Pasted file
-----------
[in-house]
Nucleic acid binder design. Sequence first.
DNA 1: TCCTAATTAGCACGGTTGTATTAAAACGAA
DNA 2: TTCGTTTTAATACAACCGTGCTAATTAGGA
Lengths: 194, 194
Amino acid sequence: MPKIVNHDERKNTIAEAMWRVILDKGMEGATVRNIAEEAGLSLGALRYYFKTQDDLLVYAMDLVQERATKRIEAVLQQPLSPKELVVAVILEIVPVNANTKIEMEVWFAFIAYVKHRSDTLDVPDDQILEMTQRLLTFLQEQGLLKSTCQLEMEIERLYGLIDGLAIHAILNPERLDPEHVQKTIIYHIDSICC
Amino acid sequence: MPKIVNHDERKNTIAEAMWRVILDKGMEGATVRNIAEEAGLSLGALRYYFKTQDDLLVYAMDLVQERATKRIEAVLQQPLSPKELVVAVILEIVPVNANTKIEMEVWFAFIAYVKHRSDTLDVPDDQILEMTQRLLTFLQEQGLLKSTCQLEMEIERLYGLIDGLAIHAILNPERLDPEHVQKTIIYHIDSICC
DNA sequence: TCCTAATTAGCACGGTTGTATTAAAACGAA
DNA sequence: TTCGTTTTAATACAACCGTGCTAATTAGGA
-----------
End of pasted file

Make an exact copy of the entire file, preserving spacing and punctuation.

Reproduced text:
[in-house]
Nucleic acid binder design. Sequence first.
DNA 1: TCCTAATTAGCACGGTTGTATTAAAACGAA
DNA 2: TTCGTTTTAATACAACCGTGCTAATTAGGA
Lengths: 194, 194
Amino acid sequence: MPKIVNHDERKNTIAEAMWRVILDKGMEGATVRNIAEEAGLSLGALRYYFKTQDDLLVYAMDLVQERATKRIEAVLQQPLSPKELVVAVILEIVPVNANTKIEMEVWFAFIAYVKHRSDTLDVPDDQILEMTQRLLTFLQEQGLLKSTCQLEMEIERLYGLIDGLAIHAILNPERLDPEHVQKTIIYHIDSICC
Amino acid sequence: MPKIVNHDERKNTIAEAMWRVILDKGMEGATVRNIAEEAGLSLGALRYYFKTQDDLLVYAMDLVQERATKRIEAVLQQPLSPKELVVAVILEIVPVNANTKIEMEVWFAFIAYVKHRSDTLDVPDDQILEMTQRLLTFLQEQGLLKSTCQLEMEIERLYGLIDGLAIHAILNPERLDPEHVQKTIIYHIDSICC
DNA sequence: TCCTAATTAGCACGGTTGTATTAAAACGAA
DNA sequence: TTCGTTTTAATACAACCGTGCTAATTAGGA